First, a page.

Call to Action on IFRS 18

10th May 2024

The International Accounting Standards Board (IASB) published IFRS 18 Presentation and Disclosure in Financial Statements on 9 April. It becomes effective for financial statements beginning on or after 1 Jan 2027, with restatement of the prior year comparatives. This means companies have around 18 months to consider disclosure impacts on financial statements, KPIs shared with the market, and system capabilities.

The IASB sought to address two key objectives:

  • To address the lack of guidance on presentation of P&L.
  • To provide greater transparency around alternative performance measures such as KPIs, non-generally accepted accounting principles (GAAP)_ measures or management performance metrics (MPMs).

Both objectives ultimately seek to address the transparency and comparability of financial performance between companies.

The face of the P&L now splits into five required categories – operating, investing, financing, income taxes, and discontinued operations; and two sub-totals – operating profit, and profit before financing and income taxes. This is akin to cash flow statement presentation, although categorisation can differ between the two statements.

IFRS 18 applies to financial and non-financial companies and so guidance also exists as to what constitutes investing, financing or operating activities of financial companies.

Critically, the operating category becomes the default category for items of income and expense that do not fit uniquely or substantially into one of the other categories.

The five categories are, of course, supported by further information in the notes to the P&L statement. Additional guidance now exists for the aggregation and disaggregation of items in both the P&L statement and supporting notes. The standard expects to see less use of ‘Other’ categories as a result, which should bring greater rigour and auditor focus on the use of such categories, and what lies beneath them.

IFRS 18 also places disclosure requirements around management performance measures. That is KPIs used by the company in public communications. In doing so, it makes those KPIs auditable for the first time. Perhaps most critical and impactful for non-financial corporates is the additional granularity as to exactly what is and is not included in a company’s definition of EBITDA, as a non-GAAP KPI, and how that reconciles with GAAP-defined OPDIA (operating profit before depreciation, interest and amortisation). This may become a much more familiar term in the future.

Treasurers may wish to re-evaluate their FX hedging policies, particularly where cash flows, assets and liabilities that fall across the operating, financing, and investing categories are risk-managed on a net basis, as this may have implications for the categorisation of FX gains and losses on the face of the P&L.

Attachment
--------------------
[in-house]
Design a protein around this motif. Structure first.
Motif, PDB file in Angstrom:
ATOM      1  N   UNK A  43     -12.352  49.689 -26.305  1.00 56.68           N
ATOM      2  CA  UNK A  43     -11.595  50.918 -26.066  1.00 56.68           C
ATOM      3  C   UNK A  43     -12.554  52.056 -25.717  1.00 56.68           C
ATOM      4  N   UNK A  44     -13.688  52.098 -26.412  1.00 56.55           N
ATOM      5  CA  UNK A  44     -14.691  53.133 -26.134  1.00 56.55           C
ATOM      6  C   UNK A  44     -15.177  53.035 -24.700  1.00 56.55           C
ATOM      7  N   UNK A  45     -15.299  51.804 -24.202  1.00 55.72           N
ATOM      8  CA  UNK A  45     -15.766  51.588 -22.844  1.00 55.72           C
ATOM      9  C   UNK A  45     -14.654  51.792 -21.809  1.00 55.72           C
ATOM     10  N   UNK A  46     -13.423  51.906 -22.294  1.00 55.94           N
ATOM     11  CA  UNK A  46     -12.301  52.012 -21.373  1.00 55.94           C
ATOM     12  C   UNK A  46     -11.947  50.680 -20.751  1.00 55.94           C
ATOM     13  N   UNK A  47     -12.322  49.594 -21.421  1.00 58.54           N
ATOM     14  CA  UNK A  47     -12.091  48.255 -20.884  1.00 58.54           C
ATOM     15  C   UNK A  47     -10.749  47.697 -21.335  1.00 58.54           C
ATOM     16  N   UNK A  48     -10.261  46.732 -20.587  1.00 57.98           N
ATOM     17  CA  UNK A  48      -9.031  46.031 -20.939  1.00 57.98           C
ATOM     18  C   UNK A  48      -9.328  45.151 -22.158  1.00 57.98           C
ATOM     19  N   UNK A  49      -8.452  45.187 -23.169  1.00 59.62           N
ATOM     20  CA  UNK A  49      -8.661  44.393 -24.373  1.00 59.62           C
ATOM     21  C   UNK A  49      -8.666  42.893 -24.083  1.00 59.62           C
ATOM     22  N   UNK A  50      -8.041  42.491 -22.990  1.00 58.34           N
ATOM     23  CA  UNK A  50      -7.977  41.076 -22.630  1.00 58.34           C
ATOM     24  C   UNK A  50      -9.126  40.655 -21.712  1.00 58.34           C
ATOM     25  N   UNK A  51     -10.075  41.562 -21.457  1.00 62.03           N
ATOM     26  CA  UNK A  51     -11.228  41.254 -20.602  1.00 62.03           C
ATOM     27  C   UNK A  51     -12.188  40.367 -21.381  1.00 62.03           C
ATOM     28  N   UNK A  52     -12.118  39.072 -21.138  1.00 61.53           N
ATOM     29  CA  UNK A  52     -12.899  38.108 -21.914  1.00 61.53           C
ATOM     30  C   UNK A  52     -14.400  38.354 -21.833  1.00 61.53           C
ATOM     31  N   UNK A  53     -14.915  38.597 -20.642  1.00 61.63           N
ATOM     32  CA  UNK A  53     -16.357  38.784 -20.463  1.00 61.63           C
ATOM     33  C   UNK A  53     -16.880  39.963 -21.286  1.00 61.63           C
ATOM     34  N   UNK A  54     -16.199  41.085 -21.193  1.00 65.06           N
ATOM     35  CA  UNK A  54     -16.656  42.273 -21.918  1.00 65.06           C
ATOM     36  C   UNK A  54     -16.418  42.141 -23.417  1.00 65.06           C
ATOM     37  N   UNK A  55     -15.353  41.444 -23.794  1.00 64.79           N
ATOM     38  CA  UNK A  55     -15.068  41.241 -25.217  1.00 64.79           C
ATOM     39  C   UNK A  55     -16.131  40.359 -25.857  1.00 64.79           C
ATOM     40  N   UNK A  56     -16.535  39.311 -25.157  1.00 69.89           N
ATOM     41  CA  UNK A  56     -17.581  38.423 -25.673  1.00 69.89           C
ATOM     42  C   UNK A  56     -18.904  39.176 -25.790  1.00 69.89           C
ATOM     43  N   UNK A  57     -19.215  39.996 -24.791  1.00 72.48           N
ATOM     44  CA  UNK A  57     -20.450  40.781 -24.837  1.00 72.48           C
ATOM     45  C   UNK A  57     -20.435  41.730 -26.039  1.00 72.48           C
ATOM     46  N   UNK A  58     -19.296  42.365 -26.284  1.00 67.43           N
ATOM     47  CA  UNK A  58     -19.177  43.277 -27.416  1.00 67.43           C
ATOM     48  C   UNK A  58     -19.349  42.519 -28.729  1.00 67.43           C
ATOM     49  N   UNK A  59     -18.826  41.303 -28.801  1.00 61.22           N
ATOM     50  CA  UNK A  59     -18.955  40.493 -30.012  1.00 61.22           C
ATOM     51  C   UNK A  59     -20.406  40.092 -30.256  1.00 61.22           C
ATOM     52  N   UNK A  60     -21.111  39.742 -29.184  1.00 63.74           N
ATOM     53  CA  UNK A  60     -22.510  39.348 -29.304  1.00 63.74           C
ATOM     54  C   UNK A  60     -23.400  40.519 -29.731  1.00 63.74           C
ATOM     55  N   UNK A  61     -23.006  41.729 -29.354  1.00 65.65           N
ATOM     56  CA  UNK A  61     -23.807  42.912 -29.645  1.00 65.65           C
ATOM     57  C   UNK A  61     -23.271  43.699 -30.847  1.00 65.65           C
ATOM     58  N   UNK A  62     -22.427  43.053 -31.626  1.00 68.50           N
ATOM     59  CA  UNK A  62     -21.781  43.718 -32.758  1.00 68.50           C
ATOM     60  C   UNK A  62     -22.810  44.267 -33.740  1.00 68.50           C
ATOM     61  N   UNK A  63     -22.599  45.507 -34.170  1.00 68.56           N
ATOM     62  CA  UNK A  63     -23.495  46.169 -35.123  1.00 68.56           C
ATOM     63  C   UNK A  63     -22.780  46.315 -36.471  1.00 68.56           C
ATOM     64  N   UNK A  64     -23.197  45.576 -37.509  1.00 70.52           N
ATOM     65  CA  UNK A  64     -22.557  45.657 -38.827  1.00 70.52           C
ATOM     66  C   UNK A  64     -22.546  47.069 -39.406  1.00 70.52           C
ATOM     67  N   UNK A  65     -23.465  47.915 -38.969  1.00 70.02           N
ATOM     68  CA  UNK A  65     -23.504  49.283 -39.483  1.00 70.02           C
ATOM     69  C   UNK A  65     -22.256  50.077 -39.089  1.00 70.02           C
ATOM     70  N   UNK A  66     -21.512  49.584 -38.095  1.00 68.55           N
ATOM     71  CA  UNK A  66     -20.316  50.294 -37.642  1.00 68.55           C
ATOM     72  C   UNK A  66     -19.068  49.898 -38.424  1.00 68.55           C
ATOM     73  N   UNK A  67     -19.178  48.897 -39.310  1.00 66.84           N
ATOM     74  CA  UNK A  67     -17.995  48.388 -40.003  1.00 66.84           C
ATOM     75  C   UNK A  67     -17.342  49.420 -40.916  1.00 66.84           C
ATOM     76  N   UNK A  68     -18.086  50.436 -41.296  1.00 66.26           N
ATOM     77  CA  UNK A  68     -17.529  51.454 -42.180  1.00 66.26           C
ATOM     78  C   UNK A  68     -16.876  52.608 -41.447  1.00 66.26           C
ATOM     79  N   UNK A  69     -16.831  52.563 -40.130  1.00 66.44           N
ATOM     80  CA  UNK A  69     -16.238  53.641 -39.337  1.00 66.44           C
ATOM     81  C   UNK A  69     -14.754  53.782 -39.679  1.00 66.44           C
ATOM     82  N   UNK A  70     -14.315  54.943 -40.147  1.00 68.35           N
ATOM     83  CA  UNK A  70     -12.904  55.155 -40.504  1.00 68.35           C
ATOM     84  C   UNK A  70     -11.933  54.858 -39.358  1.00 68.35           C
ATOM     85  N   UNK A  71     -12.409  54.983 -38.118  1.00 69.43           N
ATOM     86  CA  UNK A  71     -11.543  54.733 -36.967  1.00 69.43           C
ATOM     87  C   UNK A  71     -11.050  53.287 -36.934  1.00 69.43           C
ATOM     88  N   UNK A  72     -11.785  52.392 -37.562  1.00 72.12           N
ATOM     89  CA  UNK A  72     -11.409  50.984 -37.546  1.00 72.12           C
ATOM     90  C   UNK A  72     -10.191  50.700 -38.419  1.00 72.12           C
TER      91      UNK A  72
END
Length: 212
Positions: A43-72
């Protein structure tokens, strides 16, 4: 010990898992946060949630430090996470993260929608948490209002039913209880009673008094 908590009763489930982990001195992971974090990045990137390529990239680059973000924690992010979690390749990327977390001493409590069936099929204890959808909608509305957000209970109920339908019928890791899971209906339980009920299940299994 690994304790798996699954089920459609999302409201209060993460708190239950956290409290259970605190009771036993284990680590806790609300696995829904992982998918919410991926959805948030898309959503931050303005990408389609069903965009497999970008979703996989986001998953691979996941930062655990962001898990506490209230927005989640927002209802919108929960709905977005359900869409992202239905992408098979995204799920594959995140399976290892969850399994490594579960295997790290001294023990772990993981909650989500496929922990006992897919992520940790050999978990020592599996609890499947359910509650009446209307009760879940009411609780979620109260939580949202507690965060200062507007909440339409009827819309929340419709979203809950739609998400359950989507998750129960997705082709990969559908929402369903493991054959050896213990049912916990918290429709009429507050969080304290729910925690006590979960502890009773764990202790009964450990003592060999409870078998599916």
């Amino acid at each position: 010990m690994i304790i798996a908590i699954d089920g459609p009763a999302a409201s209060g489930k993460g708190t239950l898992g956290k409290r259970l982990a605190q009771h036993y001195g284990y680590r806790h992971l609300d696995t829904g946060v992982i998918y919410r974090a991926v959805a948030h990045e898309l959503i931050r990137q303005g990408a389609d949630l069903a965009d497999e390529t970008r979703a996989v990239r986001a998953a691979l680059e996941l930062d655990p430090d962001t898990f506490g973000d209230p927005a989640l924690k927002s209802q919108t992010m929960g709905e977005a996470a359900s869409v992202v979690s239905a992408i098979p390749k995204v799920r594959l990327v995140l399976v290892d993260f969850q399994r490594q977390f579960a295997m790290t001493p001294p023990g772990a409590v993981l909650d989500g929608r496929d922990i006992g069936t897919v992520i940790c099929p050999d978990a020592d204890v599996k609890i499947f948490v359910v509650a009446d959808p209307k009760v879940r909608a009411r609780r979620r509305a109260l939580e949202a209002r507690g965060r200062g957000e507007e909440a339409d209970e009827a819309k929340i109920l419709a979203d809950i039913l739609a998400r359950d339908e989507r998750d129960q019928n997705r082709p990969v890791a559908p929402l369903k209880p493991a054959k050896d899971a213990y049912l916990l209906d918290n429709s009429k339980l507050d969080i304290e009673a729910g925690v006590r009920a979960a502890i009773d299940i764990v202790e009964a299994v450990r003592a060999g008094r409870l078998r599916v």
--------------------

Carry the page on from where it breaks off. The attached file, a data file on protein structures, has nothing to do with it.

For example, the standard describes a typical situation of using derivatives to hedge a net position. In the example it is foreign currency revenues and interest expenses. It requires the derivative P&L to be presented entirely in the operating category (by default) rather than grossing up across operating and financing categories. This therefore creates FX volatility within operating profit, which is offset by FX impacts in the financing category.

Similarly, companies will need to consider how FX gains and losses on items that bridge categories should be allocated. For example, trade payables on extended credit terms give rise to an expense in the operating category and financing expense in the financing category. However FX impacts on such payables will likely be attributed solely to the operating category, as the allocation of FX differences between financing and other categories on such balances are prohibited.

The same principles apply to gains and losses on FX derivatives whether hedge-accounting designated, or not. These are expected to sit within the same P&L category as the item on which the hedged FX risk arose. Moreover, where hedge accounting is applied, the same rule relates to designated and undesignated components and ineffectiveness.

Act now

Finance and treasury teams should move swiftly to assess the impact of these new requirements on P&L categorisation, disclosure, and key performance measures.

In respect of FX, companies should:

  • Ensure systems are able to provide the necessary granularity for the disaggregation of FX impacts across categories.
  • Consider whether it is desirable to amend hedge strategies, adopting a ‘gross’ exposure approach in order to be able to allocate derivative P&L between categories rather than using the operating category as a default for derivative gains and losses that hedge net exposures.

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